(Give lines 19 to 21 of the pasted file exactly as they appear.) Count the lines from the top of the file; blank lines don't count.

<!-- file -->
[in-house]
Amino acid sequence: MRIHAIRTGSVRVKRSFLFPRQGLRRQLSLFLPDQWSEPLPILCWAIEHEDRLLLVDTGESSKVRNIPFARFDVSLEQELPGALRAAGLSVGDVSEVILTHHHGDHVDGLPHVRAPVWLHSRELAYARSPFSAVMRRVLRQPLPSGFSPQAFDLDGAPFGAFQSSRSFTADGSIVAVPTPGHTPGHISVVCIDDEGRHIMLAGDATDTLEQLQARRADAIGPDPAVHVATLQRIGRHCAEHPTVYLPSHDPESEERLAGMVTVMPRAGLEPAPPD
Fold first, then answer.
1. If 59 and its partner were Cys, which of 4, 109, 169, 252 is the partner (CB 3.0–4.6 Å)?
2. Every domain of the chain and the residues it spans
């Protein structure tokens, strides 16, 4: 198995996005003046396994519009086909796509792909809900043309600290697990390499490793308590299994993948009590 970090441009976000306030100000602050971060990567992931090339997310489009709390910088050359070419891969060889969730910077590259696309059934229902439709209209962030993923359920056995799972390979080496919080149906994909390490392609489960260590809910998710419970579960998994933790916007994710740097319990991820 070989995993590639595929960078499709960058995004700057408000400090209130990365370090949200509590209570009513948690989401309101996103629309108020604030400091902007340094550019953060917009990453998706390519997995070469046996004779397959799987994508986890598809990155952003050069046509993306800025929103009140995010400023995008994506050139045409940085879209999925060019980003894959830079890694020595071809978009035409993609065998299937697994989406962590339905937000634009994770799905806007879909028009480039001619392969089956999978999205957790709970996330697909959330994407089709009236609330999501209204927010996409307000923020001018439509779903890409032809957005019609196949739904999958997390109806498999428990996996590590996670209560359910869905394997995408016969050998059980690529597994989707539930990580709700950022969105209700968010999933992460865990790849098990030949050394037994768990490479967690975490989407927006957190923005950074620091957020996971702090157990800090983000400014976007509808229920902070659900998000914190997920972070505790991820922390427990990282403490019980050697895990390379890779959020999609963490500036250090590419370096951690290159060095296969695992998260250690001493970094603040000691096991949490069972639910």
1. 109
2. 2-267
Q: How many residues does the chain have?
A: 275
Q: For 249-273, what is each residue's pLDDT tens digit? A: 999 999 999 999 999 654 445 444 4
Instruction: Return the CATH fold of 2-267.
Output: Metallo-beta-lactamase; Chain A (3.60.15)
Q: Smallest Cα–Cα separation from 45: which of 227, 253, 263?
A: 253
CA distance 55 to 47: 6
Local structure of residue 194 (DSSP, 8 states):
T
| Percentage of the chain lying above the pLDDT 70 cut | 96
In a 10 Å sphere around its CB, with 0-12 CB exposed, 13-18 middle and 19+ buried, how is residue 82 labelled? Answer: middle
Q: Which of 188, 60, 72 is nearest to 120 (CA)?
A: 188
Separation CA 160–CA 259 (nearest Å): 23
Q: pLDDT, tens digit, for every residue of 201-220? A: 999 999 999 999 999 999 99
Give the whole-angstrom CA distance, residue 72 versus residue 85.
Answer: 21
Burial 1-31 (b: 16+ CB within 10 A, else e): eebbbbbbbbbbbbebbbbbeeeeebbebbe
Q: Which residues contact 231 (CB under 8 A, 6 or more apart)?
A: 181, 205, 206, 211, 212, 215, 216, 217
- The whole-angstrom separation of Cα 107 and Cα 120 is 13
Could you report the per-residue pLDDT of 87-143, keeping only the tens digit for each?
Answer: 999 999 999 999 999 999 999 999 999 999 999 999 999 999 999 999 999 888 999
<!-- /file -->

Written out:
| Percentage of the chain lying above the pLDDT 70 cut | 96
In a 10 Å sphere around its CB, with 0-12 CB exposed, 13-18 middle and 19+ buried, how is residue 82 labelled? Answer: middle
Q: Which of 188, 60, 72 is nearest to 120 (CA)?